Let's start with the initial visit. I was having my annual eye refraction, and I brought up the fact that I was bothered more and more by my cataracts. The doctor gave me literature to review, and said we would talk more about it at my follow up visit. Because I had asked about cost differences between the various lenses (regular, toric for astigmatism, and multifocal which are akin to trifocals), he had me talk with his surgery scheduler and financial planner. She gave me some surgery dates and I said okay to the financial terms. The next thing I knew, I was scheduled for a pre-op visit. I went home and reviewed the literature. I called the office and asked to have an appointment to discuss options before my pre-op visit. The receptionist insisted all this would be handled at my pre-op visit. I hung up, thought about it and called again. I asked to speak to the surgery scheduler this time, and asked about the follow up visit to discuss options. She also told me all my questions would be answered at the pre-op visit. I still was not sure this was the correct procedure. I was missing that 2nd visit to discuss options. Unfortunately I could get no one to listen to me. Long story made somewhat shorter, I went through the series of pre-op testing to determine what measurements would be needed for my new lenses. The information that didn't get passed on to me was that I was not to wear my contacts for 2 weeks prior to the test. Had I been able to schedule the follow up visit, that information would have been shared with me. As it was, I called before my surgery date with a medication question, and it came out that I had been consistently wearing my contacts except for the day of the tests. I then received an emergency call from the doctor himself, cancelling the surgery because the measurements were not accurate, and the lenses that would have been created would not have worked for me.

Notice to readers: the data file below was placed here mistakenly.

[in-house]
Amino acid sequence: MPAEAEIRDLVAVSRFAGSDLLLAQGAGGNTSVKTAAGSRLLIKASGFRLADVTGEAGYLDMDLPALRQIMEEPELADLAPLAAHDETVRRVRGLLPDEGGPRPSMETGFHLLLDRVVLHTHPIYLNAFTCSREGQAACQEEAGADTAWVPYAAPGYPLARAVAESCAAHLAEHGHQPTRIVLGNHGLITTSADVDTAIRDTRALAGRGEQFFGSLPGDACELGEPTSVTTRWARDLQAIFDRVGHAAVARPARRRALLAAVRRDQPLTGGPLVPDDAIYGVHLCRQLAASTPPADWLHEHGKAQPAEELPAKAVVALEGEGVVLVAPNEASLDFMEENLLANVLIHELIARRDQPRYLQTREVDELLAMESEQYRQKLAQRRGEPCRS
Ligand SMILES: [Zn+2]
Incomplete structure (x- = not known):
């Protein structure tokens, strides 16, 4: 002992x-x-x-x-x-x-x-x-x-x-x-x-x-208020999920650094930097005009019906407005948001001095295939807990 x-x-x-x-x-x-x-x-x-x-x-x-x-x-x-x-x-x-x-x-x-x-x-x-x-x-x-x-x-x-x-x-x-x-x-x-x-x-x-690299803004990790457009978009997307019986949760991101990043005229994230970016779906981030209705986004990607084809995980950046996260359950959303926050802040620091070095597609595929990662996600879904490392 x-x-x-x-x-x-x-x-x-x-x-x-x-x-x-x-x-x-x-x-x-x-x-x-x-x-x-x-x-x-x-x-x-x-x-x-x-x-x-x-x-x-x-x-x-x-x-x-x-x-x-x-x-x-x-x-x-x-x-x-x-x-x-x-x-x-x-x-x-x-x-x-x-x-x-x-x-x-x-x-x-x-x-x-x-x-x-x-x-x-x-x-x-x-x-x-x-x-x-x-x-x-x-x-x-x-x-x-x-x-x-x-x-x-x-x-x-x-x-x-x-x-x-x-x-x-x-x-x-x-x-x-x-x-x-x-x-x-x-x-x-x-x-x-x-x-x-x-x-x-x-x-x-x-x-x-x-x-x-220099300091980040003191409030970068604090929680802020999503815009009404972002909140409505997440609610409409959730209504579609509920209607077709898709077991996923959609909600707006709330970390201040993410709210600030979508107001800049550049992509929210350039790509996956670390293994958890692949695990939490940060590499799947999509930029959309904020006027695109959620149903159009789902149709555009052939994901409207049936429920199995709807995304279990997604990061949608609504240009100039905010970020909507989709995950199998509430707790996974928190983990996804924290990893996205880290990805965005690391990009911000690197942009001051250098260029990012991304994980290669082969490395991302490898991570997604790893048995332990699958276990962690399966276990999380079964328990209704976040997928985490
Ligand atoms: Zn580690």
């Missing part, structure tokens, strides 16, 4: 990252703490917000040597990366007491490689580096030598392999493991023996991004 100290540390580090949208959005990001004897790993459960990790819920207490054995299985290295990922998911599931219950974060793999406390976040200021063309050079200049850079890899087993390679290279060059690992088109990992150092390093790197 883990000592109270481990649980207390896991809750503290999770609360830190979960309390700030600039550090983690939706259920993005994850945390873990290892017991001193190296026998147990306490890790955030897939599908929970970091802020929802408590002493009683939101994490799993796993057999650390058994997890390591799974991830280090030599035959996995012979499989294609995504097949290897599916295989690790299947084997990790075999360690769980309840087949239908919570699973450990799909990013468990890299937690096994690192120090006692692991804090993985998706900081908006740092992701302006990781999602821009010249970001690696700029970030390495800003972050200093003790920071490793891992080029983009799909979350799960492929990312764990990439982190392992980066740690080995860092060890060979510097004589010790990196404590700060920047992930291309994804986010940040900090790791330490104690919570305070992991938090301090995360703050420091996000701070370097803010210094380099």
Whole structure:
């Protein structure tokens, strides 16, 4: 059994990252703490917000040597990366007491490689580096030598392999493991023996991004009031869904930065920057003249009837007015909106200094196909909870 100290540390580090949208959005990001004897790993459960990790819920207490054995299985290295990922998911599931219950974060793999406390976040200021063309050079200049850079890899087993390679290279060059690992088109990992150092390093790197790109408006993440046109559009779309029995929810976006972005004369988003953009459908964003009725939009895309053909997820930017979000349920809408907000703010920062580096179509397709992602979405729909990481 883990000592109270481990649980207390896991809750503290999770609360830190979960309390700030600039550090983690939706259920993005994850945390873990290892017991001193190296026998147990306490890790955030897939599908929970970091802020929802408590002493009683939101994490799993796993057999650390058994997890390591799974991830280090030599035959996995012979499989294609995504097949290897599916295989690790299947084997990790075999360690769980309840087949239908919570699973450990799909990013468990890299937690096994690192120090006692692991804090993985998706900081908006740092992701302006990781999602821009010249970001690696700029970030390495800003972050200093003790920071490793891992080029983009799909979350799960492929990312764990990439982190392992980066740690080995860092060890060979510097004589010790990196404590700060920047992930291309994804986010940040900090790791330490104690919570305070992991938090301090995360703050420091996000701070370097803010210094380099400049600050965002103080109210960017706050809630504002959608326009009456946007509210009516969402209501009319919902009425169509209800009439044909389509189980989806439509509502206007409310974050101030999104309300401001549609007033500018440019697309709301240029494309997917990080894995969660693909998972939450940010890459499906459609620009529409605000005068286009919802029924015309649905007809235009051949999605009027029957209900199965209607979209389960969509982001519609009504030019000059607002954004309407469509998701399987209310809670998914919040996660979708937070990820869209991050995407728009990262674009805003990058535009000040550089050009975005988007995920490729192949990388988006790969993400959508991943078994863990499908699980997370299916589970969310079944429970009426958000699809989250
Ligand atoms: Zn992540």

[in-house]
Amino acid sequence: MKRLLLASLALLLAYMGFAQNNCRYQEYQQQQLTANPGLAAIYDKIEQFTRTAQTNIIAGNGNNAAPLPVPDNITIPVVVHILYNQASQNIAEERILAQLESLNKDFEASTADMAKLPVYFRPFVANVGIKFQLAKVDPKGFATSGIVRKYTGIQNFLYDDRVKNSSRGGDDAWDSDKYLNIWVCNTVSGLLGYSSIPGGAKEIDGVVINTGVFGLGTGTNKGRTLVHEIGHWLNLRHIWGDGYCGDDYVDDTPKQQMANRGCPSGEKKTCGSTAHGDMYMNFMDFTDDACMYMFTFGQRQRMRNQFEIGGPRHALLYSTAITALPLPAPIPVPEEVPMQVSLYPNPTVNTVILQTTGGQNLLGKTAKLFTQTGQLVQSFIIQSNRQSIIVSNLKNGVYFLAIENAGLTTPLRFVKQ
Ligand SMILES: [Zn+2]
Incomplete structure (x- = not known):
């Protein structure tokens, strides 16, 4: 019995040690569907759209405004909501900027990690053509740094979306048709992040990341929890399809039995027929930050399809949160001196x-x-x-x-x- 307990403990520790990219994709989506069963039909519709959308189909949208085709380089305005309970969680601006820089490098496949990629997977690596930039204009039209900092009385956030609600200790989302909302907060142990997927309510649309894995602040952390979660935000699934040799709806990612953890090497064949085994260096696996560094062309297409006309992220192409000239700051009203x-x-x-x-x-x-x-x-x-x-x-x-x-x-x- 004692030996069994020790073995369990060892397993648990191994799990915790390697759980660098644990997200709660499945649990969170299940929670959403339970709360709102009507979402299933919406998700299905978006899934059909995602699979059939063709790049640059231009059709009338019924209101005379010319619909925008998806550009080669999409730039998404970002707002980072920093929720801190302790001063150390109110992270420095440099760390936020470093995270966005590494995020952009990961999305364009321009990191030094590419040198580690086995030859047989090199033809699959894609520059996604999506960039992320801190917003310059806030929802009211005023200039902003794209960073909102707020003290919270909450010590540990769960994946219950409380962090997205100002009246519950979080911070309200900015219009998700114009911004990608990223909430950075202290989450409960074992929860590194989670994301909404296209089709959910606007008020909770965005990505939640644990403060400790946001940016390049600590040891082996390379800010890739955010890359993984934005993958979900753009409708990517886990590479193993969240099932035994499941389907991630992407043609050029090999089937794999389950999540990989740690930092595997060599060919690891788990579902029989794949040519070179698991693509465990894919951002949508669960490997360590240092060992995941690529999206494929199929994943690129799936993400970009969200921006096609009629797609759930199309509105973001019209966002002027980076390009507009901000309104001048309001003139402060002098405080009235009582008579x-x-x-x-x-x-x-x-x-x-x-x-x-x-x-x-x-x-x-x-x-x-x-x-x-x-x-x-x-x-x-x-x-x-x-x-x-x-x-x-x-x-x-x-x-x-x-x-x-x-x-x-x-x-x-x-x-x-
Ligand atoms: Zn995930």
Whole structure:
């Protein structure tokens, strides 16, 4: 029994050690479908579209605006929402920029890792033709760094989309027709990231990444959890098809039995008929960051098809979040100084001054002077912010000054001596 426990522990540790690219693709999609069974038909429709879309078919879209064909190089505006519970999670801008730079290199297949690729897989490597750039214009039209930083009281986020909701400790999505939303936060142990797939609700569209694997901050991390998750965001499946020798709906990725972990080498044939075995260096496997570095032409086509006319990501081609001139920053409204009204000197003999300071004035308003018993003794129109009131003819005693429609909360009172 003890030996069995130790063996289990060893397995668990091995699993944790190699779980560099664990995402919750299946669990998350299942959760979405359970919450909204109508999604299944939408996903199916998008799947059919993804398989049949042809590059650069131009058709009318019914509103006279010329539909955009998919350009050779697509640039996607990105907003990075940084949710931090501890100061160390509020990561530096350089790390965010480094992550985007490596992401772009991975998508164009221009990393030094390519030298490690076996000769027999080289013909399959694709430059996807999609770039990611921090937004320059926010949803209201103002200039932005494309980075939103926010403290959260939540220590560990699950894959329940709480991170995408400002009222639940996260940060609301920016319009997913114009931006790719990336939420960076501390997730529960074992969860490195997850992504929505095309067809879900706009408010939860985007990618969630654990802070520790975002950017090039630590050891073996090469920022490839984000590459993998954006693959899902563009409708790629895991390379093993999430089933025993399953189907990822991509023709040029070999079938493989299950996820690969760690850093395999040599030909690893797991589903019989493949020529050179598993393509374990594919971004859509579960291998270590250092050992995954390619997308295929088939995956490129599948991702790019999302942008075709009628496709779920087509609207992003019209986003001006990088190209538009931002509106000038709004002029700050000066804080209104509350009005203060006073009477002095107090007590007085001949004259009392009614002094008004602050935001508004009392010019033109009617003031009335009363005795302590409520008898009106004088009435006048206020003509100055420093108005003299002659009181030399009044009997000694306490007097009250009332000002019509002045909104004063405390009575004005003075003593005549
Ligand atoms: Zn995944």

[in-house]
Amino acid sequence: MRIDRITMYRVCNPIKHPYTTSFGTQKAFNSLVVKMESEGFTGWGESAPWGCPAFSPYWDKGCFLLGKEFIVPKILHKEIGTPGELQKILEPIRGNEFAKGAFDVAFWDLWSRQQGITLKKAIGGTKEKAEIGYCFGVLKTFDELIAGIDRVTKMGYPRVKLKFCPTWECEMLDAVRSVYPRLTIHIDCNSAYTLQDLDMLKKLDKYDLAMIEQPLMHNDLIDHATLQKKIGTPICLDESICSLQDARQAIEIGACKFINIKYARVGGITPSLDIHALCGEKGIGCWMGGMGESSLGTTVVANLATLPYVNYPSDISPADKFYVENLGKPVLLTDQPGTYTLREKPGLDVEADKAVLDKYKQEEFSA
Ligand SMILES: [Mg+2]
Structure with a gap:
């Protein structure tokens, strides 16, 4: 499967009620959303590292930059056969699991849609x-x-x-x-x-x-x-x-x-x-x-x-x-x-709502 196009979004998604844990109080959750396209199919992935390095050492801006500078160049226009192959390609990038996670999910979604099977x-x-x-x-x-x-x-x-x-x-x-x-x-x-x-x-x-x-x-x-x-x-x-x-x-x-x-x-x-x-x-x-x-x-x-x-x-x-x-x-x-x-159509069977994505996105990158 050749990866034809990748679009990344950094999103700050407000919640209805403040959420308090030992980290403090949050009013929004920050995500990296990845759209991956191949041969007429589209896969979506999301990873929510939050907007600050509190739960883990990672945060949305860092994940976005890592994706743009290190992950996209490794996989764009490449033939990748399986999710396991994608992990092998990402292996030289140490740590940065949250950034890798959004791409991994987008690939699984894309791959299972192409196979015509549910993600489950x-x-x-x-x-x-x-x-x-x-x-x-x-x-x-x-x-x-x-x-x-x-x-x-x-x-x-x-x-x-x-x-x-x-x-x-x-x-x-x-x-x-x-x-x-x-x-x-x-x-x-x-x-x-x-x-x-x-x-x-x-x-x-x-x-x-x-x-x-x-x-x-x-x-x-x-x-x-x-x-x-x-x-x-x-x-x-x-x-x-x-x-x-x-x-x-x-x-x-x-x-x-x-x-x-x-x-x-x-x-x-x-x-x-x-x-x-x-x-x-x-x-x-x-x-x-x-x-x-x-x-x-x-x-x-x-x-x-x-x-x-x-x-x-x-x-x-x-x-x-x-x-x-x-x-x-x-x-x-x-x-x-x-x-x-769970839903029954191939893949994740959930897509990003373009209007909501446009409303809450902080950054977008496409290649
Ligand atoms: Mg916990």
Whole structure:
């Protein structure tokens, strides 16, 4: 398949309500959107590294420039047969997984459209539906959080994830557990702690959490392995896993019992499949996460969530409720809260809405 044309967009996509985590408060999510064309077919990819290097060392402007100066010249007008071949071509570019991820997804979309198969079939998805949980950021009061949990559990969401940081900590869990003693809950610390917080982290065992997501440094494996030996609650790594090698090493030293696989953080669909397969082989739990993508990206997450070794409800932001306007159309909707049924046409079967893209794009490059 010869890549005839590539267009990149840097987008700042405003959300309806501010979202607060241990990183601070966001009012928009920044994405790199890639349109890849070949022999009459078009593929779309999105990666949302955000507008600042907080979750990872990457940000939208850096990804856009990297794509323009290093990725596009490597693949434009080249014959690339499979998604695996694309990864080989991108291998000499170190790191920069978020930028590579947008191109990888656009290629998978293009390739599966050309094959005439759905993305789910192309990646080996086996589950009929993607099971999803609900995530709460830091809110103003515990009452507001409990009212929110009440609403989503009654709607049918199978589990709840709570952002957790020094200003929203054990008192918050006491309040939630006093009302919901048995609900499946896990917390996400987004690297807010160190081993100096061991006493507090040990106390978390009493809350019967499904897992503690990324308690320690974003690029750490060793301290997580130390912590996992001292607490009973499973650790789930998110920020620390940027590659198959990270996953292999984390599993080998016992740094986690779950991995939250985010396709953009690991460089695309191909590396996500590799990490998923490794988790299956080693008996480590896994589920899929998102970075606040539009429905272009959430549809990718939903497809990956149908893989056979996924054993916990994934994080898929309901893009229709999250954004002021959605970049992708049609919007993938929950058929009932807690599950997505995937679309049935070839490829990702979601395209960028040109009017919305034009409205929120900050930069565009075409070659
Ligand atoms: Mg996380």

I'm most grateful that this all came out before the surgery date. I was frustrated because now the surgery was delayed 3 weeks, 2 weeks to be out of my contacts before testing, and an additional week to do the calculations and make the lens. I should just have trusted my gut in the first place because I knew I was missing a step along the way. I had made plans revolving around these surgery dates and my daughter had to revise her daycare coverage. The office was all quite apologetic about the experience, and I made suggestions about how this could be avoided with future. There should be a section for contact lens wearing patients in the FAQ handout that mentions being out of the contacts for 2 weeks prior to testing, and a simple question asked by the technician who did the testing confirming that contacts had not been worn for 2 weeks, would have avoided the mistake, and prevented a possible malpractice situation. I hope they will apply these suggestions.